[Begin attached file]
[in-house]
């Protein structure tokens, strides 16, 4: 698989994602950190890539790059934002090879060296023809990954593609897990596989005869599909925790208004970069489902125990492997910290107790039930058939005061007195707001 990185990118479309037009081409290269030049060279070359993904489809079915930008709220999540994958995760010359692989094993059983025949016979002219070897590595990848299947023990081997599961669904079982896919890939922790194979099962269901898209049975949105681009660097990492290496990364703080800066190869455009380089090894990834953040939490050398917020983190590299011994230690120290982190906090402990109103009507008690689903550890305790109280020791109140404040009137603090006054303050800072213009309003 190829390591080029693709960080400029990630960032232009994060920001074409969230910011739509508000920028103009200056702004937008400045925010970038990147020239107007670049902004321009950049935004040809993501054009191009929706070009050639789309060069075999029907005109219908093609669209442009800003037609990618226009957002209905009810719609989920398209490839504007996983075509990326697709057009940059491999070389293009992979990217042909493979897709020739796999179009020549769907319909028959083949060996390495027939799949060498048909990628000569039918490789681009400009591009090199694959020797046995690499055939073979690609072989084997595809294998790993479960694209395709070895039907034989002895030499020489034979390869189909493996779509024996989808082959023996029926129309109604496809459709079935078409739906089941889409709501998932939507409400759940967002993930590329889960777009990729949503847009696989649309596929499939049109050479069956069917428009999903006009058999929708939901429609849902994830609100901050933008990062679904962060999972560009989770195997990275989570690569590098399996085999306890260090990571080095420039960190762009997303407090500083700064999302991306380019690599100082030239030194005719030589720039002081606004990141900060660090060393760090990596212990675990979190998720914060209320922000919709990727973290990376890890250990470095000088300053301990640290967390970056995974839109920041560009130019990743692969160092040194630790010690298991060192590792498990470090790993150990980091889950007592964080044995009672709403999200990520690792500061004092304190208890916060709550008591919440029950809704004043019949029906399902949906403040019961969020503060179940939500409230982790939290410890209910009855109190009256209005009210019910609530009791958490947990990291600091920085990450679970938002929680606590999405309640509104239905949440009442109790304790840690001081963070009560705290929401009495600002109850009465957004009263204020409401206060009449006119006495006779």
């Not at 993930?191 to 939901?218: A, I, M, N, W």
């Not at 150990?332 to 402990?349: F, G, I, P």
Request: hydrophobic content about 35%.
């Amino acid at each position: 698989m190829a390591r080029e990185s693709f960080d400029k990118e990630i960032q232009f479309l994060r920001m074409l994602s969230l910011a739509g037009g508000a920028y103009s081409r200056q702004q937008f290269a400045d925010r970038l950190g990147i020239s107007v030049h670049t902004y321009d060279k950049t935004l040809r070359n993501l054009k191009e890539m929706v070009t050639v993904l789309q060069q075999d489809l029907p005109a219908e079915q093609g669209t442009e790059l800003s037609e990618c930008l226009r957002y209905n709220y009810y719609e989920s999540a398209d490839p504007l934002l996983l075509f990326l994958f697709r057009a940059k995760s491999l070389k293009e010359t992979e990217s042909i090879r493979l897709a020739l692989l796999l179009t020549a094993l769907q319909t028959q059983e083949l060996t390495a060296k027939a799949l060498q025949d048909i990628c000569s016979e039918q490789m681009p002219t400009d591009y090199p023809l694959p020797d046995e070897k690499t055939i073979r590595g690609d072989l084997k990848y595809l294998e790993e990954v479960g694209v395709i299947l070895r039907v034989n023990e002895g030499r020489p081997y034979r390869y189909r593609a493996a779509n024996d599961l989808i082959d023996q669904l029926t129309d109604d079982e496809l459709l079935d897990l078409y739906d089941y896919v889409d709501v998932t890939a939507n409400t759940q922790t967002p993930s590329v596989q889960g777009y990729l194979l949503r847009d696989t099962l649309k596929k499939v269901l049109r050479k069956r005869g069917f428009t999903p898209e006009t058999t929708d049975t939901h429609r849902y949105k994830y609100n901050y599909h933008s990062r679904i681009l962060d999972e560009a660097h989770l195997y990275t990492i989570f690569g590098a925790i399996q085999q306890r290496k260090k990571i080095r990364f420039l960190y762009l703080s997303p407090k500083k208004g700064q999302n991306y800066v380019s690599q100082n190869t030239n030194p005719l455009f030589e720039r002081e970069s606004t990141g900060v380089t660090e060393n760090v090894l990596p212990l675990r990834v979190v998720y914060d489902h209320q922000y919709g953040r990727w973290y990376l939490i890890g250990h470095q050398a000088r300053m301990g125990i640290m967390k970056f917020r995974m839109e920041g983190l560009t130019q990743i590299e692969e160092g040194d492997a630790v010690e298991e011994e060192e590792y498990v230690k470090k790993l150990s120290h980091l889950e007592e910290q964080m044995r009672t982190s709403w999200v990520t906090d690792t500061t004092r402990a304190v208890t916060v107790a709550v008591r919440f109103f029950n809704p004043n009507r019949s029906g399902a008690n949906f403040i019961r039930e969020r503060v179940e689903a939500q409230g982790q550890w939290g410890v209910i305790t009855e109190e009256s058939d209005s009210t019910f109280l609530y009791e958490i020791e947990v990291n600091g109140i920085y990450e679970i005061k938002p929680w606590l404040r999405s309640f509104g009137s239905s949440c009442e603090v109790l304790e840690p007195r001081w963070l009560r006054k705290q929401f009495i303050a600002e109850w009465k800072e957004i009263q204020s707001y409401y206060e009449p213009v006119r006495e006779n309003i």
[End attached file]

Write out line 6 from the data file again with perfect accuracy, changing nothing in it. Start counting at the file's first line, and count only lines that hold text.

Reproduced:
């Amino acid at each position: 698989m190829a390591r080029e990185s693709f960080d400029k990118e990630i960032q232009f479309l994060r920001m074409l994602s969230l910011a739509g037009g508000a920028y103009s081409r200056q702004q937008f290269a400045d925010r970038l950190g990147i020239s107007v030049h670049t902004y321009d060279k950049t935004l040809r070359n993501l054009k191009e890539m929706v070009t050639v993904l789309q060069q075999d489809l029907p005109a219908e079915q093609g669209t442009e790059l800003s037609e990618c930008l226009r957002y209905n709220y009810y719609e989920s999540a398209d490839p504007l934002l996983l075509f990326l994958f697709r057009a940059k995760s491999l070389k293009e010359t992979e990217s042909i090879r493979l897709a020739l692989l796999l179009t020549a094993l769907q319909t028959q059983e083949l060996t390495a060296k027939a799949l060498q025949d048909i990628c000569s016979e039918q490789m681009p002219t400009d591009y090199p023809l694959p020797d046995e070897k690499t055939i073979r590595g690609d072989l084997k990848y595809l294998e790993e990954v479960g694209v395709i299947l070895r039907v034989n023990e002895g030499r020489p081997y034979r390869y189909r593609a493996a779509n024996d599961l989808i082959d023996q669904l029926t129309d109604d079982e496809l459709l079935d897990l078409y739906d089941y896919v889409d709501v998932t890939a939507n409400t759940q922790t967002p993930s590329v596989q889960g777009y990729l194979l949503r847009d696989t099962l649309k596929k499939v269901l049109r050479k069956r005869g069917f428009t999903p898209e006009t058999t929708d049975t939901h429609r849902y949105k994830y609100n901050y599909h933008s990062r679904i681009l962060d999972e560009a660097h989770l195997y990275t990492i989570f690569g590098a925790i399996q085999q306890r290496k260090k990571i080095r990364f420039l960190y762009l703080s997303p407090k500083k208004g700064q999302n991306y800066v380019s690599q100082n190869t030239n030194p005719l455009f030589e720039r002081e970069s606004t990141g900060v380089t660090e060393n760090v090894l990596p212990l675990r990834v979190v998720y914060d489902h209320q922000y919709g953040r990727w973290y990376l939490i890890g250990h470095q050398a000088r300053m301990g125990i640290m967390k970056f917020r995974m839109e920041g983190l560009t130019q990743i590299e692969e160092g040194d492997a630790v010690e298991e011994e060192e590792y498990v230690k470090k790993l150990s120290h980091l889950e007592e910290q964080m044995r009672t982190s709403w999200v990520t906090d690792t500061t004092r402990a304190v208890t916060v107790a709550v008591r919440f109103f029950n809704p004043n009507r019949s029906g399902a008690n949906f403040i019961r039930e969020r503060v179940e689903a939500q409230g982790q550890w939290g410890v209910i305790t009855e109190e009256s058939d209005s009210t019910f109280l609530y009791e958490i020791e947990v990291n600091g109140i920085y990450e679970i005061k938002p929680w606590l404040r999405s309640f509104g009137s239905s949440c009442e603090v109790l304790e840690p007195r001081w963070l009560r006054k705290q929401f009495i303050a600002e109850w009465k800072e957004i009263q204020s707001y409401y206060e009449p213009v006119r006495e006779n309003i």